“What I think about the Saudis…” , Kasim said whilst chewing an enormous load of kat , “Hmmm…well, you have to excuse me, but I don´t want to talk bad about other people.Please excuse me.”
Kasim, the taxi driver, well, his answer was so typical Yemeni. They´re easily among the friendliest people I have ever met, but I think amongst the most amazing thing I have encountered is their attitude not to down talk other people. Now, for me, coming from a continent where we have newspapers like the awful tabloids, sit coms full of people hired to talk crap about others and reality shows like Big Brother where people thrive a bad talking others, Yemen is so refreshing!
We just stopped Kasim outside our living quarters in a tiny alley in the old city of Sanaa, on our way to visit a new friend of mine, a power station of sorts, Brid from Ireland, and it turns out that Kasim speaks pretty much perfect English. Part of his family, which is the case with many Yemeni, are living abroad. He has spent more than five years in Saudi Arabia himself, working and collecting funds for his big family, did well and returned and runs a taxi company amongst other things. And the only negative word I could get out of him, on the way back from Brid and her great husband Richard, was that the Saudis where maybe a bit to strict. Both Richard and Brid had also lived and worked in Saudi Arabia.
However, that half an hour it took us to leave the Old City and make our way through heavy traffic to the new part of time, as many taxi drivers world wide, it turns out Kasim was a wealth of information and full of opinions of his own country. Now, since the country is in some kind of a dire situation, which according to Kasim is similar to Somalia a bunch of years ago, which threw the country into a continues series of internal wars and poverty, Kasim was of the very astute opinion that only words and conversation could solve the growing problems the country are facing. For more info on the situation, see local opinion from Yemen Times and on the international side, see BBC.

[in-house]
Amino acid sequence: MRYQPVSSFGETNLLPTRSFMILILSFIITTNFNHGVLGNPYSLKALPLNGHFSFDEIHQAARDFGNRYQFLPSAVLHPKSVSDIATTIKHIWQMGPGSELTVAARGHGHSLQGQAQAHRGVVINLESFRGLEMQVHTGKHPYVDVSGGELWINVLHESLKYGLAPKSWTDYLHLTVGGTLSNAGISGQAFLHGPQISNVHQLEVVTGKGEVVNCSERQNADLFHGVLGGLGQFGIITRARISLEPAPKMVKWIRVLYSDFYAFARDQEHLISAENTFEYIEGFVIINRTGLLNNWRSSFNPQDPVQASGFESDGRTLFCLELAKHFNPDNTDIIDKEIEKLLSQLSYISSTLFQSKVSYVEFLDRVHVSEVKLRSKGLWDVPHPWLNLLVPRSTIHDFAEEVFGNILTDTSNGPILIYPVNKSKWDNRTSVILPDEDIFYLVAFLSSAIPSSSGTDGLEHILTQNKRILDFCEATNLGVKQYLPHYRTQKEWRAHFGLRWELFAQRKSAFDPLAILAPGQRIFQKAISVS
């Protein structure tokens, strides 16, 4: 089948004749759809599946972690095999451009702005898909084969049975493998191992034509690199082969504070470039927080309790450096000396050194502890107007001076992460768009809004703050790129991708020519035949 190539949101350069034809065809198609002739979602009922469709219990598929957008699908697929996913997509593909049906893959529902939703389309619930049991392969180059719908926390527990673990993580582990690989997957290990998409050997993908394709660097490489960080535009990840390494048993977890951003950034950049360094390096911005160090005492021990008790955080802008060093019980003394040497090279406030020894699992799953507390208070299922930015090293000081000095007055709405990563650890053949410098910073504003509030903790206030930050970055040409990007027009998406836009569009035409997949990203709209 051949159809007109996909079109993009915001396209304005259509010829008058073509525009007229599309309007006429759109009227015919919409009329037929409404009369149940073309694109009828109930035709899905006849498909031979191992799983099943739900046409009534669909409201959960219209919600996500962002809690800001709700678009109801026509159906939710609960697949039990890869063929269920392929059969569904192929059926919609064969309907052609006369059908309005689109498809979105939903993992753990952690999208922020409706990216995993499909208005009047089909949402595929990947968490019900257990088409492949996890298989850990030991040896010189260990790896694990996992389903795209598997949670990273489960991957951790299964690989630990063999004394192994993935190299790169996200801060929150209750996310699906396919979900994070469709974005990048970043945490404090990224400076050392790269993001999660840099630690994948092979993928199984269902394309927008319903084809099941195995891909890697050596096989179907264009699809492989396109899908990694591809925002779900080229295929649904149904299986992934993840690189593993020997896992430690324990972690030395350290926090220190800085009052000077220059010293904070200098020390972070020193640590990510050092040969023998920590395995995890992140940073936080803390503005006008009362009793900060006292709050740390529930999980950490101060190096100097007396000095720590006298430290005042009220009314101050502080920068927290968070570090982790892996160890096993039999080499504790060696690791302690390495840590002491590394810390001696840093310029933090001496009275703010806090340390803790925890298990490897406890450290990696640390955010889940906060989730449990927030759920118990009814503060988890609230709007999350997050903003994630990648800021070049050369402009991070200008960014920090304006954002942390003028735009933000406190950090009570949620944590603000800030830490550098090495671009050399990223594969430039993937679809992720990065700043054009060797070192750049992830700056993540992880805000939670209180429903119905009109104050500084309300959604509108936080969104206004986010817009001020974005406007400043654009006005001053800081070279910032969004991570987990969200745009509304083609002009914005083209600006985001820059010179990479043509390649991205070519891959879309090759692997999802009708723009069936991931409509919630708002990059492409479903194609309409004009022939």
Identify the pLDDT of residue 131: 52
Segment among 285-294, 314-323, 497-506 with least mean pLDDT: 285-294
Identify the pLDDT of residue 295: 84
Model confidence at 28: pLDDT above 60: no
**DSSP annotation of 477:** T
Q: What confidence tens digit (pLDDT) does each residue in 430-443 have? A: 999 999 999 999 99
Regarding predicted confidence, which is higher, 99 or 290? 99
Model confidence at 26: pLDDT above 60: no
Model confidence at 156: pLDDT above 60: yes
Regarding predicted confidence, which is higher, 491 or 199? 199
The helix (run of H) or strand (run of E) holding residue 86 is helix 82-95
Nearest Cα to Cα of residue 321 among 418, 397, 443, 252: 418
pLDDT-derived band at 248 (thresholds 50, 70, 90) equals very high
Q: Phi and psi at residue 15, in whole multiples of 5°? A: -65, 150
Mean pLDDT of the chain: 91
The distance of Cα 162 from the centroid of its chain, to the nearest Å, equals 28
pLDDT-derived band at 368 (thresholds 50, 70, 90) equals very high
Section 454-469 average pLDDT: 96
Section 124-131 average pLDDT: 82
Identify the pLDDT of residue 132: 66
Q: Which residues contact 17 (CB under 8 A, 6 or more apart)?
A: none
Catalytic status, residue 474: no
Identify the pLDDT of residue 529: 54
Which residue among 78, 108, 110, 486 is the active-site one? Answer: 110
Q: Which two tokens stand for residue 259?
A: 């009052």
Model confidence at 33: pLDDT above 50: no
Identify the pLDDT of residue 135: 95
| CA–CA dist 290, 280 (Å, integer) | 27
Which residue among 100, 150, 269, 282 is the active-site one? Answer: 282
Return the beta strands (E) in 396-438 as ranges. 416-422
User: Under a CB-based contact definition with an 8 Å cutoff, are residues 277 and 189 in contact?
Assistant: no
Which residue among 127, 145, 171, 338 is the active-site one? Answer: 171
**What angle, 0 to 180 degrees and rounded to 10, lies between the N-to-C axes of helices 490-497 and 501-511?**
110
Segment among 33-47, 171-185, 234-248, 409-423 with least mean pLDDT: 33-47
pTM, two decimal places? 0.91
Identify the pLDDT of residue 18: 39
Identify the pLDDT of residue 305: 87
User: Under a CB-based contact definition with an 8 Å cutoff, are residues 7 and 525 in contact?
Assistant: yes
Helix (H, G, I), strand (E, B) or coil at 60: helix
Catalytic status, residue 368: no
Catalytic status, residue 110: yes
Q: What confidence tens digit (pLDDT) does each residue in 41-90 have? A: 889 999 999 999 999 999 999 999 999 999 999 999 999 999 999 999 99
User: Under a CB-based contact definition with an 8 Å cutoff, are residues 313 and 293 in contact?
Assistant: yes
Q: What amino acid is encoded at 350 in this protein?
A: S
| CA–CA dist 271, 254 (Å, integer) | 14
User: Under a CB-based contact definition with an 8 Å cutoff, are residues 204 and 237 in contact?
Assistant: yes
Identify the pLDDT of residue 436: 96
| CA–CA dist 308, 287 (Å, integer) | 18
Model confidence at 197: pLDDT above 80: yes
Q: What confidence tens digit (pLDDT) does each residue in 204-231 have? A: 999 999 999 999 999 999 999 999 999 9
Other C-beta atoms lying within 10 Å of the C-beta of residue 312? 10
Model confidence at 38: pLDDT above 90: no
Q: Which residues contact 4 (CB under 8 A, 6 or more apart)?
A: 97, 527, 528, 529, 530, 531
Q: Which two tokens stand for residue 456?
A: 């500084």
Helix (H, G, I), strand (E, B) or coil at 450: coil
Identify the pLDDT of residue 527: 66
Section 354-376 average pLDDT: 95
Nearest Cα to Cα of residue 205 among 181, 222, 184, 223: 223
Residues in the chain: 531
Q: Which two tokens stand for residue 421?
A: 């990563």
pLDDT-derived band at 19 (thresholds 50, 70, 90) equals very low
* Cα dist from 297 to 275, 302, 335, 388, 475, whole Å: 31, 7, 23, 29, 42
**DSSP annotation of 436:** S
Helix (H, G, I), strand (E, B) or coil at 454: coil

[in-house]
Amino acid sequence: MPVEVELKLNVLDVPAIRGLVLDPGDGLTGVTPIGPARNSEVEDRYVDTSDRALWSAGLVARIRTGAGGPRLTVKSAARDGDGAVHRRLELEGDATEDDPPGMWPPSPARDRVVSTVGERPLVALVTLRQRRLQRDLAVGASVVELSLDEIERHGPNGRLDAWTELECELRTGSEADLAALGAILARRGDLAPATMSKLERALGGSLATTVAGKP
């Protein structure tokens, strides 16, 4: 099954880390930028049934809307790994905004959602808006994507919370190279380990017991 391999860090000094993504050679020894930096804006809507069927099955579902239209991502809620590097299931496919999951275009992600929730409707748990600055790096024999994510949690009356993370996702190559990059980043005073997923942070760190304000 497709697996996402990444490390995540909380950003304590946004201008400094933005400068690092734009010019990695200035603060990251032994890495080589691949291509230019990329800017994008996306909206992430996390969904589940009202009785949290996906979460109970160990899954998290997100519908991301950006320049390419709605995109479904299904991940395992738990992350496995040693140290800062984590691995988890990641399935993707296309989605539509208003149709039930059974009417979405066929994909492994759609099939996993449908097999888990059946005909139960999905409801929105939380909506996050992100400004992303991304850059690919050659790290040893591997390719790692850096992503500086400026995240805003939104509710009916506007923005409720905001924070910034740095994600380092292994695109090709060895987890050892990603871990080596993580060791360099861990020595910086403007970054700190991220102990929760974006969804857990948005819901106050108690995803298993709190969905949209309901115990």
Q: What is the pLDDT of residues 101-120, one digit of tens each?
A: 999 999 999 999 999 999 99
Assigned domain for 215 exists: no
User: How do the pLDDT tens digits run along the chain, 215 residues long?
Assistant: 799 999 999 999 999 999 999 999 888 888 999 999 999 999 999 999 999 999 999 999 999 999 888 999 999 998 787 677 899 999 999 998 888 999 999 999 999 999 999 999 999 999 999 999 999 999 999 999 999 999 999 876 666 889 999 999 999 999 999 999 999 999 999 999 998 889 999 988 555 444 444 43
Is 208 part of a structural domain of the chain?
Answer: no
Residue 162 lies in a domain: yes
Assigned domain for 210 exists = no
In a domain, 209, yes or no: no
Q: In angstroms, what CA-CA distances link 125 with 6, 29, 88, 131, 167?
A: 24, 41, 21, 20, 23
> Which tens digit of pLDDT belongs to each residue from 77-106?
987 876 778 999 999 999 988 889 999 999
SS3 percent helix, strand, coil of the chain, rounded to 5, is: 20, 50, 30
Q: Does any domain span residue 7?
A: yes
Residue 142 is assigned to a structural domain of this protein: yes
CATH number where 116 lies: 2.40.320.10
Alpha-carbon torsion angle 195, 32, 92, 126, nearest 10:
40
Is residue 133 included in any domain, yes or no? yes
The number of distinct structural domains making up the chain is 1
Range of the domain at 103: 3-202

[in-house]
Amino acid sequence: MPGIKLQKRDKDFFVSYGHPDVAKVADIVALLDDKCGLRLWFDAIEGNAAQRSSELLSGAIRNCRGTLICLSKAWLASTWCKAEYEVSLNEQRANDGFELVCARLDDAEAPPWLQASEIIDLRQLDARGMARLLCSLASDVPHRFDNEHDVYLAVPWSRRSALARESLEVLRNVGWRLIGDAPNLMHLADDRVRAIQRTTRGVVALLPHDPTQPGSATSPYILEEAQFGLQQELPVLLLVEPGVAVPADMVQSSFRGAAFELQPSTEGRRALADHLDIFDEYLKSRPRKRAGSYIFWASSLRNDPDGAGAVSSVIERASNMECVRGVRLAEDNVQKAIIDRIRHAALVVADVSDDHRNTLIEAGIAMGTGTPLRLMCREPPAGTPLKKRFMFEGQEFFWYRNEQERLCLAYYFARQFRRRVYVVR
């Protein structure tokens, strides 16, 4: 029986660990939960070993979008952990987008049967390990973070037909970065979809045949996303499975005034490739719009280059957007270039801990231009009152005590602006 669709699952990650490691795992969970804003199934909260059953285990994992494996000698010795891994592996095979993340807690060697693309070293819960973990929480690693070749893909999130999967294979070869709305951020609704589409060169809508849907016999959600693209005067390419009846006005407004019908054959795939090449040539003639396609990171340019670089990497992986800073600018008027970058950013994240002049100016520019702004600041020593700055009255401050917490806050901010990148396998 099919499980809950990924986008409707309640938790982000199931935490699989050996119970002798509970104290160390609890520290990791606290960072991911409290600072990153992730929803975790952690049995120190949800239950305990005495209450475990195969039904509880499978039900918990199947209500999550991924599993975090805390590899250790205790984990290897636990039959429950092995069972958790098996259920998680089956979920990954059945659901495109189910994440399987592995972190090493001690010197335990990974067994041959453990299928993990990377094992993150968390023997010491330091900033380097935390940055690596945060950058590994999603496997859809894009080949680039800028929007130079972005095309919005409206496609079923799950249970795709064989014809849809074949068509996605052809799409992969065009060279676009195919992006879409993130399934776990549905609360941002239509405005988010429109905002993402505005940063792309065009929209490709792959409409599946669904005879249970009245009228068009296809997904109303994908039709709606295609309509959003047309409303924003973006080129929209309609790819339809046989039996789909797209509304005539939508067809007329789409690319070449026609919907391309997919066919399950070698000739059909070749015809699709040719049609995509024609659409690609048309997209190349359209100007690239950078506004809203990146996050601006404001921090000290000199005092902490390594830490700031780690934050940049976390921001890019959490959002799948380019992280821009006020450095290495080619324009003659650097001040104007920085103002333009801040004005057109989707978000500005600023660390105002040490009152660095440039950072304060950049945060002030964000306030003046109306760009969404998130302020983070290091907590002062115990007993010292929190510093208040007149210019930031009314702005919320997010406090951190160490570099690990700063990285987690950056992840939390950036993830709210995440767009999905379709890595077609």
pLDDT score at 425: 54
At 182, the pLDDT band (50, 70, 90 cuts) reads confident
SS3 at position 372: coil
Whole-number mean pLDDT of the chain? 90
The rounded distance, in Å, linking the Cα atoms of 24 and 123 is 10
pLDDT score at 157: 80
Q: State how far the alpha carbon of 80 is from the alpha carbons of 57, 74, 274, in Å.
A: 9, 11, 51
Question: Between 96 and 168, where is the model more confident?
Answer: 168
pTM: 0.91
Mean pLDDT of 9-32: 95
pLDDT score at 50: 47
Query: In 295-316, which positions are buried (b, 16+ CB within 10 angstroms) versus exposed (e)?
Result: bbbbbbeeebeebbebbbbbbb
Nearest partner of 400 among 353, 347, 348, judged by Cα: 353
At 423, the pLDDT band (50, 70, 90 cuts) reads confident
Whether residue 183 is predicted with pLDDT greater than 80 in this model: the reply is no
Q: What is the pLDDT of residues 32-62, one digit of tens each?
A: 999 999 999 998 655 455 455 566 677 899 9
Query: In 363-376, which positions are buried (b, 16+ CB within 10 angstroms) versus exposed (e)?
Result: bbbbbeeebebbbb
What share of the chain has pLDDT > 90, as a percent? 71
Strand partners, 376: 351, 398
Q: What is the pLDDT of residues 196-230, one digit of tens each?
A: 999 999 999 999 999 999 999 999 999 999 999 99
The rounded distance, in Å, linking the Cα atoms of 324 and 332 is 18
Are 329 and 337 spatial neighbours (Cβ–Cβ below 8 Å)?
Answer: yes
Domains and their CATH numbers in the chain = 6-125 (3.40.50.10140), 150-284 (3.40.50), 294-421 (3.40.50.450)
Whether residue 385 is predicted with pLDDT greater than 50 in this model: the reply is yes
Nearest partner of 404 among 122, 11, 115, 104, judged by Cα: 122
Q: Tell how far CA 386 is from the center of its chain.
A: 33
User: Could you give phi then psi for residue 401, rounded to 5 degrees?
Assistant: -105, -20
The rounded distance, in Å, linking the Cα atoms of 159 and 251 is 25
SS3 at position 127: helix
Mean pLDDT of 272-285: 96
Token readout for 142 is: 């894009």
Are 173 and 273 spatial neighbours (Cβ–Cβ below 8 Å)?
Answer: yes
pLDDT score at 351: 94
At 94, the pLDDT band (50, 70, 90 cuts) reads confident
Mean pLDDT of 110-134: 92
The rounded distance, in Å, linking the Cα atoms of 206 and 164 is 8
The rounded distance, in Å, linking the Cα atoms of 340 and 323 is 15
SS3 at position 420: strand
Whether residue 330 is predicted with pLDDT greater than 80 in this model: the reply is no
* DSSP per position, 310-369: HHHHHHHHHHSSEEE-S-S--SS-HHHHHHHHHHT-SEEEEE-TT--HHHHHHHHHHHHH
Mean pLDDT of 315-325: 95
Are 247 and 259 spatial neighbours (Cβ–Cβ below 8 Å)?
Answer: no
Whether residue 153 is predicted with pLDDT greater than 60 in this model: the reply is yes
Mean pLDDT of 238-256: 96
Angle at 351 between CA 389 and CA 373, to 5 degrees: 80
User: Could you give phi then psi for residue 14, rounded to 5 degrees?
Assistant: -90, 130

It wasn´t easy to find our way to Brid and Richard, but Kasim took it as a quest of life and eventually we ended up on the carpet in their home eating and drinking and discussing Yemen.
“Why we choose to move to Yemen instead of Oman? Well, the thing is that Oman isn´t much different to the West. You have to put in 80 hours a week to survive and the demand is as hard and we have had enough of that. But, as important is, Oman is becoming more like Dubai and the West and moving away from the real Arabia. And after years in the Arab world, we want to stay close to the true soul of Arabia.”
It was actually this Irish powerhouse who persuaded me to come to Yemen instead of Damascus or Cairo and I don´t regret that for a second. Even though I have only been here two weeks, it is a high light of my life. And I remember something a good friend of mine said, he´s living in Oman, a Brit, Marc, when we were discussing foreigners (expats) living abroad and in the Gulf area, why it is such a major difference between the quality of the expats. I have personally found the best, friendliest and funniest expats in the most difficult and demanding of countries and the truth is probably as Mark said:
“You go to Saudi to make money, but you choose to work and live in Oman, Yemen and Kenya because you want to live there.”
For me, a personality will always be preferred to a copy of the rest of us humans, because when you meet personalities not only do you have a good laugh, but you learn enormously much and you leave them with a very positive attitude o life. Just like living Brid and Richard. Who will help me a lot whilst I am here. Great people!